J 10 7 6 4
A 6 3
Q 9 2
A K Q 5 3 2
7 6 5
Q 9 8
K J 10 8 4
A J 4
7 6 4
9 7 5 2
K 10 8 3
A K 10 5 3
Today, for once, a hand on which Gee’s partner really does sell him down the river. No, really.
Gee, South, at unfavorable vulnerability, makes a reasonable 2C bid over West’s 1S opener and East’s forcing notrump. Double is the other choice, but the awful hearts could easily put you down 500 in 2H against a part score the other way.
Mini-Gee, North, doubles West’s 2S for penalties, which is fine but for the fact that you have to back up bids like that with actual defense. Seaman Lall promptly redoubles, alerting it to the specs as a Bones Redouble. We owe this modern extension of the Bones Principle™ to Ira Chorush. It can be enumerated as follows: When Gee doubles a freely bid contract for penalties, always redouble, relying on a combination of errors in judgment and defense. It will prove to be a profitable action 90% of the time.
Justin’s alert, then, was erroneous, as it was Mini-Gee, not Gee, who doubled. But since the contract is a part score, perhaps we could safely call it a miniature Bones Redouble.
The contract looks to be off 2 on casual inspection, and Mini gets the defense off to a fine start by leading the CJ. Gee cashes two clubs and gives his partner a third round ruff with his lowest club, the 3. I’m not sure what this means in the strange world of Roman carding, but ordinarily it would ask for a diamond shift. Mini takes his ruff, ponders the layout, and leads a low heart.
Now the hand is cold. Simply play the HK and lead another high heart back, discarding a diamond. The second diamond loser goes on the remaining heart, and declarer loses two clubs, a ruff, a trump, and a heart, making 2.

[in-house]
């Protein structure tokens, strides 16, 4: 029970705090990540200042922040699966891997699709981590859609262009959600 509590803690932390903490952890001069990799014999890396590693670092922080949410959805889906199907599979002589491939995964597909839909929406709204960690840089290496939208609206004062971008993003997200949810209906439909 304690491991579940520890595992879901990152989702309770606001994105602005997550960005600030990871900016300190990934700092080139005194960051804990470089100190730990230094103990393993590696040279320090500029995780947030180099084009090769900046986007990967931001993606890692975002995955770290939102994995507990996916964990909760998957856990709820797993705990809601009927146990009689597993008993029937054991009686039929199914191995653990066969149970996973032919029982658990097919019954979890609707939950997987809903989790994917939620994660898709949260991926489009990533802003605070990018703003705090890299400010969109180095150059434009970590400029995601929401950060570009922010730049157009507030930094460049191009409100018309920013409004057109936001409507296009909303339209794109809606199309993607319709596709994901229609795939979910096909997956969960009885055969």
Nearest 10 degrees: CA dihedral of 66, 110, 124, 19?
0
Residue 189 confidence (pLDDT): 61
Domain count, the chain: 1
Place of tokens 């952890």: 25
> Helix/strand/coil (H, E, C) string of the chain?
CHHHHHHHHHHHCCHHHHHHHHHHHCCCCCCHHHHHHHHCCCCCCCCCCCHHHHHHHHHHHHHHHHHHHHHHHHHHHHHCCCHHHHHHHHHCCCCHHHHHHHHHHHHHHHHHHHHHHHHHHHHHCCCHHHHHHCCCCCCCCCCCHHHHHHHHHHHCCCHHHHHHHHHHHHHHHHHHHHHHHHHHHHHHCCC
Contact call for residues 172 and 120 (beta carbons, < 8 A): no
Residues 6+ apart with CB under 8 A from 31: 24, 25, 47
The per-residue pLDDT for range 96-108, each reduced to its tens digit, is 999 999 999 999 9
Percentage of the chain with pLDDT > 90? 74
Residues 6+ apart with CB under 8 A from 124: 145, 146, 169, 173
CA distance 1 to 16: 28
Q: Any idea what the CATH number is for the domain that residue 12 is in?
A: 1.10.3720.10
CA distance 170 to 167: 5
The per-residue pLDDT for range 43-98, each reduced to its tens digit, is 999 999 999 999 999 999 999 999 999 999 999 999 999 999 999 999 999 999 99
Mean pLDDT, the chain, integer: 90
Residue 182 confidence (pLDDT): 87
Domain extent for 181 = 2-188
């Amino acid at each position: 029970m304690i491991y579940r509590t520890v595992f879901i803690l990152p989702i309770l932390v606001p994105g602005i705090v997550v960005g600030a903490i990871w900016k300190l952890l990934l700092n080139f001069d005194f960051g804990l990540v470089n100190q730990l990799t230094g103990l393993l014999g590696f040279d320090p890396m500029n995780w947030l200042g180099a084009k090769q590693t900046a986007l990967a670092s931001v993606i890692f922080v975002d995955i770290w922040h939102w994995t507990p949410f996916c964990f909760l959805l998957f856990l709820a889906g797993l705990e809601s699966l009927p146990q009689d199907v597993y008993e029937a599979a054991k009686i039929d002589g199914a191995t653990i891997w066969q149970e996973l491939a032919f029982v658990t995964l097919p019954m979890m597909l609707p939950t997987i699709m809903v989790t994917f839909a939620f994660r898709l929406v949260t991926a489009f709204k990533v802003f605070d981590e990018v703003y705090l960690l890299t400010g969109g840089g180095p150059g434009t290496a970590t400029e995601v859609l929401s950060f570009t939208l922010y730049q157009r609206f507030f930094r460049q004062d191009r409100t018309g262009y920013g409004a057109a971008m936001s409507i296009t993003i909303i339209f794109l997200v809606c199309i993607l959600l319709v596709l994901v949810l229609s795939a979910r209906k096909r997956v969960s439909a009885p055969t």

But West, in a fit of generosity, lets the heart run around to his queen, sticking himself in hand and giving the defense another chance. His best chance now is to cash three rounds of trump and throw North in with a fourth round, hoping he will try to cash his HA instead of shifting to diamonds. Instead he plays three rounds of trump and leads a diamond. North plays the 9 and declarer ducks in dummy. Gee now makes his one defensive error of the hand and it’s a beauty: knowing that his partner holds DQ and HA and that a diamond return will always beat the contract, he lets the D9 hold, allowing his partner to try to cash the heart. Sure enough, North, who can also mark his partner for the DK, plays the HA, and the Bones Redouble cashes in for 640.
I apportion blame for this catastrophe 80%-20% N/S. Declarer earns demerits for nearly allowing a cold hand to get away and dummy, Seaman Lall, for an incorrect alert of an unsound redouble. Gee’s sins look minor by comparison, and it’s only fair that he should be the hero every once in a while.